NASA has announced a major breakthrough in its efforts to find planets outside the Solar System, leading them to reveal 1,284 new planets discovered by its Kepler space telescope. This is more than double the number it had found so far, which stood at 1,041.
The connotations are important. Essentially, it means there are many more planets of all sizes hiding in this planet-hunting telescope’s data, from Earth-sized worlds to gas giants. And it dramatically increases the number of worlds we have to study in our galaxy.
“This announcement more than doubles the number of confirmed planets from Kepler,” Ellen Stofan, chief scientist at NASA Headquarters in Washington, said in a statement. “This gives us hope that somewhere out there, around a star much like ours, we can eventually discover another Earth.”
Kepler, which launched in 2009, has found thousands of planet candidates to date. But in order to confirm a detection is a planet, and not an anomaly, repeat observations are needed either by Kepler or other telescopes.
But a new analysis method, described in a study led by Timothy Morton from Princeton University in New Jersey, is a game changer. It allows astronomers to much more rapidly determine if an exoplanet is real or not with an accuracy of more than 99 percent. Applying this analysis to existing Kepler data, from its inaugural mission and not the newer K2 mission, turned up these 1,284 new planets. A further 1,327 were promising candidates, while 707 were ruled out as astrophysical phenomena.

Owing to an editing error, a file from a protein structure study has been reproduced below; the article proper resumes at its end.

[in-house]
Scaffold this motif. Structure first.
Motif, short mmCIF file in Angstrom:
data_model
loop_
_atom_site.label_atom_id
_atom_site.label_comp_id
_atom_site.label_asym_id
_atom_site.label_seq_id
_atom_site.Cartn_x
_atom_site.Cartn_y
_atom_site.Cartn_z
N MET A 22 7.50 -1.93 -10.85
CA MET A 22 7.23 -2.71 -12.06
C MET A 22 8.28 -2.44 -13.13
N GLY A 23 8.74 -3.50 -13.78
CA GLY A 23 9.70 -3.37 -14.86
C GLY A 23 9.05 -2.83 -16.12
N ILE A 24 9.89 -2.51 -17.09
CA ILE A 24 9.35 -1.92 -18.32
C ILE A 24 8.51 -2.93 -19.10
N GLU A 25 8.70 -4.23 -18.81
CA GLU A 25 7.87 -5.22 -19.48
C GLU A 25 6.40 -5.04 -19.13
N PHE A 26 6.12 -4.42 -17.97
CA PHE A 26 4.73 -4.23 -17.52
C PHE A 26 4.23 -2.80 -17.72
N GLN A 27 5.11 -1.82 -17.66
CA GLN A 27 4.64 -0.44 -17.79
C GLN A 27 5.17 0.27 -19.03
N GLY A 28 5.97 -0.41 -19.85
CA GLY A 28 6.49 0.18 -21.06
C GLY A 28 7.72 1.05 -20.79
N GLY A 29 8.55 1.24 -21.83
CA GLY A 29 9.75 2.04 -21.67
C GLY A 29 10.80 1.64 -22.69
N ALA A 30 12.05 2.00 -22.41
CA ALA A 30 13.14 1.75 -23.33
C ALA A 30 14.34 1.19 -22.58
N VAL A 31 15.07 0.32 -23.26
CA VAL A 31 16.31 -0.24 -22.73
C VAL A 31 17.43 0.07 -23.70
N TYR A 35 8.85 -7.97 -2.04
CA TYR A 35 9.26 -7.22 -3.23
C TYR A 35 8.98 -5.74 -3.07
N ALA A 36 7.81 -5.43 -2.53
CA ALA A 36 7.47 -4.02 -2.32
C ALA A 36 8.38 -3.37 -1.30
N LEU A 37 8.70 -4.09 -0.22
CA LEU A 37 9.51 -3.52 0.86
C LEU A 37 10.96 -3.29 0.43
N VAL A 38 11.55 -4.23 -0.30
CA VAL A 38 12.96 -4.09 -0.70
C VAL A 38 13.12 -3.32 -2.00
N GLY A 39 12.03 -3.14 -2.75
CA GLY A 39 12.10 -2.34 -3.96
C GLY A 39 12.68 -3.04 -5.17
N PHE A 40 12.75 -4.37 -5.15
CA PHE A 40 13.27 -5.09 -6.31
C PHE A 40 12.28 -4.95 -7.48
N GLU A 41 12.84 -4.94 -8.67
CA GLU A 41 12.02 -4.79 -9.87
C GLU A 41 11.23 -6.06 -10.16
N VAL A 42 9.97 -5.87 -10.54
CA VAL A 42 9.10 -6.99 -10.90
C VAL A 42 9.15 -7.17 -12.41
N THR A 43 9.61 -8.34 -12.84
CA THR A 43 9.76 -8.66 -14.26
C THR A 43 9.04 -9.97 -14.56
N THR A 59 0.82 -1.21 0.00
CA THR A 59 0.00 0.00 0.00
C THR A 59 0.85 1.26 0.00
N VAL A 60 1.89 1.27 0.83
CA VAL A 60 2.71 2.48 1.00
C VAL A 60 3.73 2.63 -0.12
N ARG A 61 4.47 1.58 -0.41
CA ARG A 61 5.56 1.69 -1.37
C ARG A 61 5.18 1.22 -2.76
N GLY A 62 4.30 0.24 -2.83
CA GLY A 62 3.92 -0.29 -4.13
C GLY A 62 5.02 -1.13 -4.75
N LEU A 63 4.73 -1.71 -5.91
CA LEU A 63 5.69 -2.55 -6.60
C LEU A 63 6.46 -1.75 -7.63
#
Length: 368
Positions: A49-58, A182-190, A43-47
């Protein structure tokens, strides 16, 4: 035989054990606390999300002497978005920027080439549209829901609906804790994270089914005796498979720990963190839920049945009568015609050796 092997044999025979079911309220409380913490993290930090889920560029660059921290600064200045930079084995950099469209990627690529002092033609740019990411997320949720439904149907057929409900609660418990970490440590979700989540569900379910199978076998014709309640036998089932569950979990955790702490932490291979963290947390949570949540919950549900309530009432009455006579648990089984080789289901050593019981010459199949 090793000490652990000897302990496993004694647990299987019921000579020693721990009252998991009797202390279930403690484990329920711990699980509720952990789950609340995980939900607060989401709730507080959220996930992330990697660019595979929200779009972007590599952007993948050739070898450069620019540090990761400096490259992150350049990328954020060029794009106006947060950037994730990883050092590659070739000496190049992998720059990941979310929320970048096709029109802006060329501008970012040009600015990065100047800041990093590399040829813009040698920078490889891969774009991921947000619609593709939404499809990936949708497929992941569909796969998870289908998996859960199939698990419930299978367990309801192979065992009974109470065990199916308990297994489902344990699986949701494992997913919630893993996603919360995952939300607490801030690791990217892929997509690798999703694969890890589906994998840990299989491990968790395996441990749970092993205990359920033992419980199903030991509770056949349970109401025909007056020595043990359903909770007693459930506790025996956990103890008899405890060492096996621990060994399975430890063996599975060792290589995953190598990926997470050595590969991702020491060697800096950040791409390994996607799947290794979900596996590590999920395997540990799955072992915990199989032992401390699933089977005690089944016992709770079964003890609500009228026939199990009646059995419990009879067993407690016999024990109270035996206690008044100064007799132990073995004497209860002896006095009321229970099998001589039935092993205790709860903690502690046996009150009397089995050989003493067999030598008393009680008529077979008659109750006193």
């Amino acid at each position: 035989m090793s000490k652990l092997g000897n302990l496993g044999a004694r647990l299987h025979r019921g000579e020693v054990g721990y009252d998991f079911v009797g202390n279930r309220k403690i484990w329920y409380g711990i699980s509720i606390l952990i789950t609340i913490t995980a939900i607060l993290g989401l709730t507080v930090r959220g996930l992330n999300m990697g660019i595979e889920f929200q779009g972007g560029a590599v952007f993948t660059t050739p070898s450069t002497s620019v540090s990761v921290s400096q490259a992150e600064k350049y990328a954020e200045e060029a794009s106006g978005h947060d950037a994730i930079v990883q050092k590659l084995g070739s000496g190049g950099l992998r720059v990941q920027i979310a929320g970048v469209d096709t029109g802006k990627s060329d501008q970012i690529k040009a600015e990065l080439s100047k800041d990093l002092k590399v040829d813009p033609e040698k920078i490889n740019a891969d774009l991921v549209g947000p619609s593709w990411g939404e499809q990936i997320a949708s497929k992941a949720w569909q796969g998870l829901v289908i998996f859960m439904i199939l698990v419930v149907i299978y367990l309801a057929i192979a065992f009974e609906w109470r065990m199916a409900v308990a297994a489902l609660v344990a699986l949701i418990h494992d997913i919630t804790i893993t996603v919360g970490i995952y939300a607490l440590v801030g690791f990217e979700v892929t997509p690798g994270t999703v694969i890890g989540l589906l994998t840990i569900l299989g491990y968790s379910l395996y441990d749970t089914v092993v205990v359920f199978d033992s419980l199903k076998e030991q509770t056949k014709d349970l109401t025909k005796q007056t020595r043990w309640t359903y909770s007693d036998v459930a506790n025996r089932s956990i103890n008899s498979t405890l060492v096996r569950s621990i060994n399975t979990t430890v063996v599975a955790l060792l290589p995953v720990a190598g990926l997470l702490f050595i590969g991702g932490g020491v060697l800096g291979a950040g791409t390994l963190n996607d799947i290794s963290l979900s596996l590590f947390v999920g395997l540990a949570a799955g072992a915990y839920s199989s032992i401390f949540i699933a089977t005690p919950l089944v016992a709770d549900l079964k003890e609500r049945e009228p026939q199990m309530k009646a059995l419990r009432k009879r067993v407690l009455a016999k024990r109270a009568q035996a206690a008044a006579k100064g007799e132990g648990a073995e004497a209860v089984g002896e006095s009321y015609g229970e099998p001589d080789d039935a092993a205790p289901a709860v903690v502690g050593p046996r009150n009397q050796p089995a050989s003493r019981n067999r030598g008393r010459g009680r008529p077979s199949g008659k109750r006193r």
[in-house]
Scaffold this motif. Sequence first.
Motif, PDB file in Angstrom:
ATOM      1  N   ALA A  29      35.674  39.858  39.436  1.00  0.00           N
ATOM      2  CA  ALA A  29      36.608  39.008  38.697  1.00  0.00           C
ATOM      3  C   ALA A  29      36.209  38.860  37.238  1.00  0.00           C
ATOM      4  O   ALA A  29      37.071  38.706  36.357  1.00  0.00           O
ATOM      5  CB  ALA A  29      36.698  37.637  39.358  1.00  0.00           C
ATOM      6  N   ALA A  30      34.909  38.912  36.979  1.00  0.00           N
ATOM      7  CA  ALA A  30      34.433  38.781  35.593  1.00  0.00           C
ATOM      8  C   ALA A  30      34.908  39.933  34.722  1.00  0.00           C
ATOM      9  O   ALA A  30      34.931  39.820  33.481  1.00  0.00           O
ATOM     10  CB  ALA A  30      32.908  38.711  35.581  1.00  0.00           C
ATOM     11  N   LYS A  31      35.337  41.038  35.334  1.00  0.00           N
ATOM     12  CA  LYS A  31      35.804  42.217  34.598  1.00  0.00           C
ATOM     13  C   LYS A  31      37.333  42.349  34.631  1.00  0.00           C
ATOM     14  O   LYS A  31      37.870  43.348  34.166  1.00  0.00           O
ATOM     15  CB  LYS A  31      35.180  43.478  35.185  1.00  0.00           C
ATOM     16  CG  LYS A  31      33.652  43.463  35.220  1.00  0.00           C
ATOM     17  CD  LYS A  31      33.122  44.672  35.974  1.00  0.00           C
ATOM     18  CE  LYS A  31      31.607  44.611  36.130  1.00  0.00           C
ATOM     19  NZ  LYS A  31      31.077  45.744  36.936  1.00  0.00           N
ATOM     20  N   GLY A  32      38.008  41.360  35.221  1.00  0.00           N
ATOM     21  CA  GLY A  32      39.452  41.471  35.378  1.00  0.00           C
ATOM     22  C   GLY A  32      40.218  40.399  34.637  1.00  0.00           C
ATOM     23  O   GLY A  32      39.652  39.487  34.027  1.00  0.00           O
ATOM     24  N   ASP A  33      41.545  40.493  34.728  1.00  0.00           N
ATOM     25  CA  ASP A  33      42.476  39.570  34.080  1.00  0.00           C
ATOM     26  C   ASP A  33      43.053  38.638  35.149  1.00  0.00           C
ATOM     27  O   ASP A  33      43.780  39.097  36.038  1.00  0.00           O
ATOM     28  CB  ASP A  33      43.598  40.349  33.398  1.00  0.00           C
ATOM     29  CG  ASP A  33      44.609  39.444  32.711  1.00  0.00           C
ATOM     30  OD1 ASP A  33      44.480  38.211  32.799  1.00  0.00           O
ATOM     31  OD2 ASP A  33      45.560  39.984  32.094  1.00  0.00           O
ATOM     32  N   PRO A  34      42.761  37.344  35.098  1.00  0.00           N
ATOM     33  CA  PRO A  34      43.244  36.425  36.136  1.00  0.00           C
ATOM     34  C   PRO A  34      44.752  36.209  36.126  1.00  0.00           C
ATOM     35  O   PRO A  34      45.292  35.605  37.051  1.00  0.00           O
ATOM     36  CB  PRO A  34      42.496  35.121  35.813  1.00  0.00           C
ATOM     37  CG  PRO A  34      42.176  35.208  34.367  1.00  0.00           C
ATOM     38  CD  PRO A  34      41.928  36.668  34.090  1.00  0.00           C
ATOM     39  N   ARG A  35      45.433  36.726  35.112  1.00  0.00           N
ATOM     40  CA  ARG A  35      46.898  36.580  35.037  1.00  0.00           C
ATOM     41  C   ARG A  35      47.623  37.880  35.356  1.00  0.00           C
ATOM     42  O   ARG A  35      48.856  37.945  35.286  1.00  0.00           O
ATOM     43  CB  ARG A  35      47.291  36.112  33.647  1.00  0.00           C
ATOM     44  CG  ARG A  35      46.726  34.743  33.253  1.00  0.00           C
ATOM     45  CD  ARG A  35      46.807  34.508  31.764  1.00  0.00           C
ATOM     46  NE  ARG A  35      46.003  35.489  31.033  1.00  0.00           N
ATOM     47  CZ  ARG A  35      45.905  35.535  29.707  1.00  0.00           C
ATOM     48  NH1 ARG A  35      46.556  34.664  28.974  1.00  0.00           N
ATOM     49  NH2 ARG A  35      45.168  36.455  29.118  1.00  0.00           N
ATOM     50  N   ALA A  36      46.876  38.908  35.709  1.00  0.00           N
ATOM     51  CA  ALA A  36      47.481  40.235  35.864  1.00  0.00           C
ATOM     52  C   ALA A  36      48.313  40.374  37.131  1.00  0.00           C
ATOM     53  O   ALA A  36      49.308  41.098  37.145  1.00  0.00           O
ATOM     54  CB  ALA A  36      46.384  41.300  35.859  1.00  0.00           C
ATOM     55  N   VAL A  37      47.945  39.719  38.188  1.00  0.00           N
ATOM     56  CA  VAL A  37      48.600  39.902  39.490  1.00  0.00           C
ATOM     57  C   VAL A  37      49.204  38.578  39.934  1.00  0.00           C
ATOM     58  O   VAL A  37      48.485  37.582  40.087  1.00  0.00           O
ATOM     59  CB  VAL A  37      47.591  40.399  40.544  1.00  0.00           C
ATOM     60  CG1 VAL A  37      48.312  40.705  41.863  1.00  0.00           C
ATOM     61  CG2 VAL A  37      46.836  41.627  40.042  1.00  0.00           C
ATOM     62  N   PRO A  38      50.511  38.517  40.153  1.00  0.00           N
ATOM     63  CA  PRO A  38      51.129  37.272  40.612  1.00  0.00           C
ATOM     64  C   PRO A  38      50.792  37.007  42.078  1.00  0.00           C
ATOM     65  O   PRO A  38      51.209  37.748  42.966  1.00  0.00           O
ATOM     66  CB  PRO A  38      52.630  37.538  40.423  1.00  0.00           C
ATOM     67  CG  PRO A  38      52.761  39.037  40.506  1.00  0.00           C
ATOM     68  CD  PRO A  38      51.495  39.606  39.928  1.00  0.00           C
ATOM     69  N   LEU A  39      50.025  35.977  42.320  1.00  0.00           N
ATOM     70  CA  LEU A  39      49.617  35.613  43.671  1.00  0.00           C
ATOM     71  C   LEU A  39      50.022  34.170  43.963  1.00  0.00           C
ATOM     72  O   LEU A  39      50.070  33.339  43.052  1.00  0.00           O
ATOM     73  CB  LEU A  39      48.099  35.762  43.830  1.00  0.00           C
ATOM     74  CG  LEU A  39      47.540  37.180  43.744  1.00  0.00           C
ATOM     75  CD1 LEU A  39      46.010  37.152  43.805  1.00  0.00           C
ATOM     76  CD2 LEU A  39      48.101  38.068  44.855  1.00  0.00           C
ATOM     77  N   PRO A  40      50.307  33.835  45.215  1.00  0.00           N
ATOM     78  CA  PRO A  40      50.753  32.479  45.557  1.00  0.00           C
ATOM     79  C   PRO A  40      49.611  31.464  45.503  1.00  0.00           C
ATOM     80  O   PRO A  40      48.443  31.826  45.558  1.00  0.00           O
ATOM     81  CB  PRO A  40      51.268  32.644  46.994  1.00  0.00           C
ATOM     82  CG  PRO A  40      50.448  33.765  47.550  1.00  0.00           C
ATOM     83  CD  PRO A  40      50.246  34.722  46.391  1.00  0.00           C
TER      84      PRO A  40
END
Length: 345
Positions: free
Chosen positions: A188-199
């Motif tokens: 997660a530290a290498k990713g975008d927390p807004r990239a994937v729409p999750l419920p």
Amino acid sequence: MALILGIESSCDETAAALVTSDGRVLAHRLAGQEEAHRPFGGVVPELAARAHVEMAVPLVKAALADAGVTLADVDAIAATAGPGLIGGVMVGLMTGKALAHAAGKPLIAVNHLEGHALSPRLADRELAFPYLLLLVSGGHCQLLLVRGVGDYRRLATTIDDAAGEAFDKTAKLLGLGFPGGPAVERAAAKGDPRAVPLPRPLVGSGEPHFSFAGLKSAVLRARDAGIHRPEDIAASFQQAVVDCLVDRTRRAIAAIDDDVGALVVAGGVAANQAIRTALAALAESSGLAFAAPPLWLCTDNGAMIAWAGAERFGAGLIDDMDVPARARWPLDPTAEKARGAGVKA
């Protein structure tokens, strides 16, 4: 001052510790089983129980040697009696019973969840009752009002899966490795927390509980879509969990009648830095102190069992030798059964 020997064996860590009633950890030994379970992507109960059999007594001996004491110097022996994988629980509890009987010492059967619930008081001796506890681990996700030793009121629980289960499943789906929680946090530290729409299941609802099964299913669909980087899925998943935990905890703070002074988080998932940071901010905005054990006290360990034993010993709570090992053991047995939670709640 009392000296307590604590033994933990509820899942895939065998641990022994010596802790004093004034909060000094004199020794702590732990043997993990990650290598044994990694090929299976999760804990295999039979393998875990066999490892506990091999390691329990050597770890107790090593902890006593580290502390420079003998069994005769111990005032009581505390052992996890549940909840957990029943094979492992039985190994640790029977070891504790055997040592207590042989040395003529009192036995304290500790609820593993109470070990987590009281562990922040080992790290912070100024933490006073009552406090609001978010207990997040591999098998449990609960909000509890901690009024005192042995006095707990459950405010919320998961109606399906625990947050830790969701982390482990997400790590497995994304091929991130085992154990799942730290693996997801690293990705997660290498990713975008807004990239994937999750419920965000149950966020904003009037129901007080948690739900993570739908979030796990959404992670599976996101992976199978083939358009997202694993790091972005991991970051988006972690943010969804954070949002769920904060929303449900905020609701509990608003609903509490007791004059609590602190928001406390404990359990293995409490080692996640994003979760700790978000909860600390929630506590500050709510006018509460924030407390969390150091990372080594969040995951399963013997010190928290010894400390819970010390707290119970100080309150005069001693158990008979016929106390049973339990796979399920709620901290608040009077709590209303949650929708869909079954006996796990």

“Planet candidates can be thought of like bread crumbs,” said Morton. “If you drop a few large crumbs on the floor, you can pick them up one by one. But, if you spill a whole bag of tiny crumbs, you’re going to need a broom. This statistical analysis is our broom.”
Among the planets found by Kepler so far are potentially habitable worlds like Kepler-452b and Kepler-186f, of which we know of about three dozen candidates, although we’re still yet to find a world exactly like Earth – one of the same size, orbiting a similar star to our Sun, in the same orbit.
But the latest batch of planets has turned up hundreds of new rocky worlds, including some – like a new world called Kepler-1229b (in the diagram above) – that are similar in size to Earth, and in the habitable zone of their star, that deserve further attention.
Kepler has been responsible for the vast majority of all exoplanets found to date, and this latest analysis technique further sets it apart as our primary planet-hunter. But upcoming telescopes like the Transiting Exoplanet Survey Satellite (TESS) could help astronomers find more. And instruments like the James Webb Space Telescope (JWST) in the future will let astronomers probe these worlds in greater detail than ever before.